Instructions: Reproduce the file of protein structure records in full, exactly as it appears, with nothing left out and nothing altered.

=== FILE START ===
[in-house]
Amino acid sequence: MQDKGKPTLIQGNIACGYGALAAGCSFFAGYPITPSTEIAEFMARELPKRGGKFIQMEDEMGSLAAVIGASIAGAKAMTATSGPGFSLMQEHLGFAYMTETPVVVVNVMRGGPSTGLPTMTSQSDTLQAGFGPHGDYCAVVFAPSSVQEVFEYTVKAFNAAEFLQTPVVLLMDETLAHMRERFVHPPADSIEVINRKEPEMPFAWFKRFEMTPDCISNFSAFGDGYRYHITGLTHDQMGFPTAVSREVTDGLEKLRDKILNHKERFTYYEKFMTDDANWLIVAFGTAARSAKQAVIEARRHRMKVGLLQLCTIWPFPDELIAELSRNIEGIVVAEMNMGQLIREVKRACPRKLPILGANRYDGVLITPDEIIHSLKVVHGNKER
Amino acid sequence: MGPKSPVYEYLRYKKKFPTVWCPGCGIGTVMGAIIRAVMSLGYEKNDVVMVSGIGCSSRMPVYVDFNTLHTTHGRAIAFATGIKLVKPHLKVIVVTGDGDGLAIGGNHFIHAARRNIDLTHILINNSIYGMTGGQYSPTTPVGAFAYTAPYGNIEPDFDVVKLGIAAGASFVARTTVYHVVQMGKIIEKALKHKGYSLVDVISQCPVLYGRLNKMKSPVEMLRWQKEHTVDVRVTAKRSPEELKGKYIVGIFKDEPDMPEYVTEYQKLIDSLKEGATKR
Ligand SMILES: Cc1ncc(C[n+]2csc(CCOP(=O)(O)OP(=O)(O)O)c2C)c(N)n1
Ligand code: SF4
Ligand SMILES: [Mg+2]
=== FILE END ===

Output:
[in-house]
Amino acid sequence: MQDKGKPTLIQGNIACGYGALAAGCSFFAGYPITPSTEIAEFMARELPKRGGKFIQMEDEMGSLAAVIGASIAGAKAMTATSGPGFSLMQEHLGFAYMTETPVVVVNVMRGGPSTGLPTMTSQSDTLQAGFGPHGDYCAVVFAPSSVQEVFEYTVKAFNAAEFLQTPVVLLMDETLAHMRERFVHPPADSIEVINRKEPEMPFAWFKRFEMTPDCISNFSAFGDGYRYHITGLTHDQMGFPTAVSREVTDGLEKLRDKILNHKERFTYYEKFMTDDANWLIVAFGTAARSAKQAVIEARRHRMKVGLLQLCTIWPFPDELIAELSRNIEGIVVAEMNMGQLIREVKRACPRKLPILGANRYDGVLITPDEIIHSLKVVHGNKER
Amino acid sequence: MGPKSPVYEYLRYKKKFPTVWCPGCGIGTVMGAIIRAVMSLGYEKNDVVMVSGIGCSSRMPVYVDFNTLHTTHGRAIAFATGIKLVKPHLKVIVVTGDGDGLAIGGNHFIHAARRNIDLTHILINNSIYGMTGGQYSPTTPVGAFAYTAPYGNIEPDFDVVKLGIAAGASFVARTTVYHVVQMGKIIEKALKHKGYSLVDVISQCPVLYGRLNKMKSPVEMLRWQKEHTVDVRVTAKRSPEELKGKYIVGIFKDEPDMPEYVTEYQKLIDSLKEGATKR
Ligand SMILES: Cc1ncc(C[n+]2csc(CCOP(=O)(O)OP(=O)(O)O)c2C)c(N)n1
Ligand code: SF4
Ligand SMILES: [Mg+2]